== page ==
• Harishchandra Ghat - cremation place.
  • Hanuman Ghat
  • Shivala Ghat
  • Tulsi Ghat - site of the large water purification plant
  • Assi Ghat - a popular place to stay with many hotels, restaurants and internet cafes


Sunrise boat rides on the Ganges
  • Boat rides are very popular, especially at sunrise and sunset. The most popular sunset ride is to start at Dasaswamedh Ghat and head up to Manikarnika Ghat to see the cremations in progress, and then return to Dasaswamedh and watch the evening aarti from the boat. Sunrise is another magical time for a ride, when the ghats are filled with Hindus bathing and starting their day - one of the most famous sights in India. You can bargain the price down to around Rs 30/person per hour (even for just 1 person in the boat), but expect to be quoted much higher. Note: 'market' boats will float up to you selling overpriced trinkets which can be bought much cheaper on land. Any offers of flowers for puja will definitely not be free; Rs 5 per flower/candle bowl is the going rate, though you might be asked for as much as Rs 100 each.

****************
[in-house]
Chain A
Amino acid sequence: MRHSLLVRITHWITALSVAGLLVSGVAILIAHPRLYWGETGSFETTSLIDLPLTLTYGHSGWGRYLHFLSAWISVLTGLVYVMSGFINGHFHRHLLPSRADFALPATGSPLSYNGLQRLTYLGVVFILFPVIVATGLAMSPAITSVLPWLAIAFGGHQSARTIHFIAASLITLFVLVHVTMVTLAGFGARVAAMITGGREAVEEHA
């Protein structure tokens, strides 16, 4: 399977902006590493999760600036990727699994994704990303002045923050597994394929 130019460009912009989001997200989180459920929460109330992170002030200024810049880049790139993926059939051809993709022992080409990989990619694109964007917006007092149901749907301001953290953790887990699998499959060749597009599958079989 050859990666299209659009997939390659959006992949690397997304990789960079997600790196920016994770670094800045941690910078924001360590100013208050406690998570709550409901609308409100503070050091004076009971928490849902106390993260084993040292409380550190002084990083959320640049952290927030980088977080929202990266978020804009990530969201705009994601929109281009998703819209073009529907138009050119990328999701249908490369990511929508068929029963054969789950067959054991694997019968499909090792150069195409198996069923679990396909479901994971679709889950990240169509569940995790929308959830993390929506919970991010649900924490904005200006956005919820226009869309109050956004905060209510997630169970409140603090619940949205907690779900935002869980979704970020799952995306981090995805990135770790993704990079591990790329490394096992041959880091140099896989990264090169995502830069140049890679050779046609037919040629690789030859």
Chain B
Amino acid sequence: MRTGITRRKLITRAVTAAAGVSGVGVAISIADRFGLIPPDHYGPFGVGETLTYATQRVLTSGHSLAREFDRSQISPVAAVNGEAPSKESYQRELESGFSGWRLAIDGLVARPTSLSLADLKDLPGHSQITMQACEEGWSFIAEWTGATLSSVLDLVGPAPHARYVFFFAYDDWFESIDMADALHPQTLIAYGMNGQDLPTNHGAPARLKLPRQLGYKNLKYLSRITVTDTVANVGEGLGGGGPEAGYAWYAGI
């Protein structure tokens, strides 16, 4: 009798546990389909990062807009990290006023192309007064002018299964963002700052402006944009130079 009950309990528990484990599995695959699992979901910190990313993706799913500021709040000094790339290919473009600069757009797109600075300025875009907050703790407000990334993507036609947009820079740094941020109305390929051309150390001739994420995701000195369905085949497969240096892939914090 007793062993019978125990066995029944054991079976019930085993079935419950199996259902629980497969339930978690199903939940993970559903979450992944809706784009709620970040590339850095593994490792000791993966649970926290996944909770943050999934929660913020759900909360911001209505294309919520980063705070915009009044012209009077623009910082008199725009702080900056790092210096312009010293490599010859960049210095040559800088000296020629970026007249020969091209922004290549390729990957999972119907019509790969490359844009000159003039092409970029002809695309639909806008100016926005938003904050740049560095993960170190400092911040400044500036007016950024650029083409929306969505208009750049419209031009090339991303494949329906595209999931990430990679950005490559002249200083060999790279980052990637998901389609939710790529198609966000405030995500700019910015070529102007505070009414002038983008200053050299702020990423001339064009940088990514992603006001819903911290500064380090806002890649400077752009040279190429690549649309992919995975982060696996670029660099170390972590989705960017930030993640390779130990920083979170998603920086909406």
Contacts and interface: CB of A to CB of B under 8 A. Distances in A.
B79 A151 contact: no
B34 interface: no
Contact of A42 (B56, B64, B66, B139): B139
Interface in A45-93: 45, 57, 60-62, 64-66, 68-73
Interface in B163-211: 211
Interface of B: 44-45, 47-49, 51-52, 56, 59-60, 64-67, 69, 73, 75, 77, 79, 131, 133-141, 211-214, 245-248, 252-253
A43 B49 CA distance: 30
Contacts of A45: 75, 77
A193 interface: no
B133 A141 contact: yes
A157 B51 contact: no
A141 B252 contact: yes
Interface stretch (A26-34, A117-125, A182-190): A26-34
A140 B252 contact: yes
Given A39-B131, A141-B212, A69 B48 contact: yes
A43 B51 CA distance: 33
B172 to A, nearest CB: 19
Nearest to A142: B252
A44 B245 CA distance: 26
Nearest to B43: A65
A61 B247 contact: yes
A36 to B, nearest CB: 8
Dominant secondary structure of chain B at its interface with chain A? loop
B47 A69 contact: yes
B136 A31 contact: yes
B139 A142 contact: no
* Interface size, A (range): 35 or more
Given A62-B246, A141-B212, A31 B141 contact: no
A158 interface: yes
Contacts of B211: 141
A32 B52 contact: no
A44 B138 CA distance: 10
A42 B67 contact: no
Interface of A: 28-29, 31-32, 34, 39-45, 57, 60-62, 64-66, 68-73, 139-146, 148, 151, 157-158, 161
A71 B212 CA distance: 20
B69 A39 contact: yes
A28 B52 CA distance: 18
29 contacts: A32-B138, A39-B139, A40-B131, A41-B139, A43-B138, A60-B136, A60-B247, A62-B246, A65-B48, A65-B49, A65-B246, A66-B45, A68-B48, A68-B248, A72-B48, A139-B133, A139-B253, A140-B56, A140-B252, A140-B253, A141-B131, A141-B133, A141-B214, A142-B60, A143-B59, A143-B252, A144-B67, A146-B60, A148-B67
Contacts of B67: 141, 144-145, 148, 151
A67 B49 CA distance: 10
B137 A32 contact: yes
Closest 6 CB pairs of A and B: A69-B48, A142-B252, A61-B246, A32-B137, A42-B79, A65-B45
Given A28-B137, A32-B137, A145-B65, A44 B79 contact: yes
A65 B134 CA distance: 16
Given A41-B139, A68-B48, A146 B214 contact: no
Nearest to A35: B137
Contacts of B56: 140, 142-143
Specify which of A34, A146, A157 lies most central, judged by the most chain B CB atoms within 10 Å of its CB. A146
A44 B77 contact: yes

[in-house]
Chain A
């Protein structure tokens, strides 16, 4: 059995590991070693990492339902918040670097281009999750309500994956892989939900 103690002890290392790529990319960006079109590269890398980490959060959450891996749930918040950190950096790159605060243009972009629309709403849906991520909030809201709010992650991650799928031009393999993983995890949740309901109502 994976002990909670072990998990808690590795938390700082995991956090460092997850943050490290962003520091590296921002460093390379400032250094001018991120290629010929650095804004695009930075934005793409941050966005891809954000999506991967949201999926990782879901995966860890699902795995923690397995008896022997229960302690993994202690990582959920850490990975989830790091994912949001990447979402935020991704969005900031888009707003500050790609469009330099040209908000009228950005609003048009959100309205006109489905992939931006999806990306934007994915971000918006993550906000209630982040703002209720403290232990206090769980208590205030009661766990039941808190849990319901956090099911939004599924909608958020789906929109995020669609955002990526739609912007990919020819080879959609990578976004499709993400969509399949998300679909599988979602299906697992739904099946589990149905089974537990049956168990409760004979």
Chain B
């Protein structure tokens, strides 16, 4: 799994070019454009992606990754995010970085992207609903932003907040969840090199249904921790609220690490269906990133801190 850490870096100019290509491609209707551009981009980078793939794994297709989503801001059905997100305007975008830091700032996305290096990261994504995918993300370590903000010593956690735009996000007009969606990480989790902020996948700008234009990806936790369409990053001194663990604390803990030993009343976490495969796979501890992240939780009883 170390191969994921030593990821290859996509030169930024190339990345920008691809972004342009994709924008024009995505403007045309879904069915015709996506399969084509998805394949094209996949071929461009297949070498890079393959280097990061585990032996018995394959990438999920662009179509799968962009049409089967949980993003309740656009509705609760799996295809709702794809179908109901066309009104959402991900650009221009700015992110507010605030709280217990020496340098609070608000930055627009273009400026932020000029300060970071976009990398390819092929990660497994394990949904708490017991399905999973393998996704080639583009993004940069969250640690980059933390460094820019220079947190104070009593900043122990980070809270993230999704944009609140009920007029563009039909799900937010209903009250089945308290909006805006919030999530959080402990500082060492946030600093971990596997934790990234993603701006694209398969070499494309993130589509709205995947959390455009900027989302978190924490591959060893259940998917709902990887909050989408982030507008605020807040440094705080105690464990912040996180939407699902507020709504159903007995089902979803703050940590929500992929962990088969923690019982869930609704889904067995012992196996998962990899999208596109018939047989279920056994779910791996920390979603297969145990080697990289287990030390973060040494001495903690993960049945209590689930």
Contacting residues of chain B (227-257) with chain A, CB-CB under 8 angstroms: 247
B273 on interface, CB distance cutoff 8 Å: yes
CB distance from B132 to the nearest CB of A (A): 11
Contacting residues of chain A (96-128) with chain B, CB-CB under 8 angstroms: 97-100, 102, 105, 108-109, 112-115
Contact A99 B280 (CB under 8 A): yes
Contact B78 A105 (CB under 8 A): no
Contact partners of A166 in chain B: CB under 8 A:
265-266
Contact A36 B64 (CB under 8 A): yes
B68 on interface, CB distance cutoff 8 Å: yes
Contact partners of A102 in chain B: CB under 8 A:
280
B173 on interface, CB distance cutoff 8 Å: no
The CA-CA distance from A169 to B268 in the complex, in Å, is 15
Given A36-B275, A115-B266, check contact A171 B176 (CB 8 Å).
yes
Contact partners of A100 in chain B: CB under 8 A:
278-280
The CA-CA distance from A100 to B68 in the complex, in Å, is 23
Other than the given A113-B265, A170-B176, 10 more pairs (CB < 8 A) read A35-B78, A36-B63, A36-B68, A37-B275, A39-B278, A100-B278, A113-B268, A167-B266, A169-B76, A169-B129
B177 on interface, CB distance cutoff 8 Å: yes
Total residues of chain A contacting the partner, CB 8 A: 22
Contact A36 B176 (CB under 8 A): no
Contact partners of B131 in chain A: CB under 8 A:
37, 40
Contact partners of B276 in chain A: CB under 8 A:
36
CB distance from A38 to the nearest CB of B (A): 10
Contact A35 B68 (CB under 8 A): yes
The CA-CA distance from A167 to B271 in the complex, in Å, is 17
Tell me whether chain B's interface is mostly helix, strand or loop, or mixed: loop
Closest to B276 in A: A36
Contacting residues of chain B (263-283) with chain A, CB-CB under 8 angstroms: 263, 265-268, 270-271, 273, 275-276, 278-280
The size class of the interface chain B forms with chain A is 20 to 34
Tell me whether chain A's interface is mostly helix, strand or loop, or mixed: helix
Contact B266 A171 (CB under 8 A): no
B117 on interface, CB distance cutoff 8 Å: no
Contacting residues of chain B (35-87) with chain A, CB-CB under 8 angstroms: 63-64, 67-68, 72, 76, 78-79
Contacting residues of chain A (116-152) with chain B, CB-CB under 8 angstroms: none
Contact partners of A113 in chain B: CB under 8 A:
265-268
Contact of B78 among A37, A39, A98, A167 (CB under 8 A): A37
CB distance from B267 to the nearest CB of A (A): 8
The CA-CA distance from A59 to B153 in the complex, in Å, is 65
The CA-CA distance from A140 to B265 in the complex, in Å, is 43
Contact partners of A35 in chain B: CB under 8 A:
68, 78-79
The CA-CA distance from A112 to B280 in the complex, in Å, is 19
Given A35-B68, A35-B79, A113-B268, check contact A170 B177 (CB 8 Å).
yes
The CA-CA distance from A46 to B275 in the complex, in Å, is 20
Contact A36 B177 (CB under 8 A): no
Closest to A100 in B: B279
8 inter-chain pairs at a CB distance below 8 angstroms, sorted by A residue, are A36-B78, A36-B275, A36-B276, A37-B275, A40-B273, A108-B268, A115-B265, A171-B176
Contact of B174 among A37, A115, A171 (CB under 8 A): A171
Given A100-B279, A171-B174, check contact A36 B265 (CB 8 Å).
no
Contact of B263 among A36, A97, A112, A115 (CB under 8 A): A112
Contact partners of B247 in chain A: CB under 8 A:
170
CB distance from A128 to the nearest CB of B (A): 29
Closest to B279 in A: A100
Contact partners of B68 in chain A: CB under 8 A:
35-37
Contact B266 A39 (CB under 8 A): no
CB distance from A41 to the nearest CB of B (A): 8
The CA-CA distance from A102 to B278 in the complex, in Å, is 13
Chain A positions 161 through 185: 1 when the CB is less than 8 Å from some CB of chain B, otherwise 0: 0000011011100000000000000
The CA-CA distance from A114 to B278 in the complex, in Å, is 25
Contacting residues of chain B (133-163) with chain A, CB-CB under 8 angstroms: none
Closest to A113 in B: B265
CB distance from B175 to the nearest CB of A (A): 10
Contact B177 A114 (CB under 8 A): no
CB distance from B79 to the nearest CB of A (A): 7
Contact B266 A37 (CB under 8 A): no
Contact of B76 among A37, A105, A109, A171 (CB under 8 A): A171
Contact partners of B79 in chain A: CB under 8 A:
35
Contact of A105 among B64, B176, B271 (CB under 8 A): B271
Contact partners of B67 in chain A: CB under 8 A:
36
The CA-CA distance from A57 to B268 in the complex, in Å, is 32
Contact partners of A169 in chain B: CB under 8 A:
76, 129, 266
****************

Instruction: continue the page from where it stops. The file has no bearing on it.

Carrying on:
• Get lost in the alleyways - the sounds, sight and smells are just unbelievable!
  • Diwali is a great time to be in Varanasi, with special preparations going on in many temples. The once-in-a-year decorations and aarti at the ghats are spectacular.


  • Varanasi is a good place to learn a classical instrument such as the tabla or sitar - many teachers can be found throughout the city, but quality varies considerably so ask around and check out a few.
  • Yoga is also popular, and the same rules apply.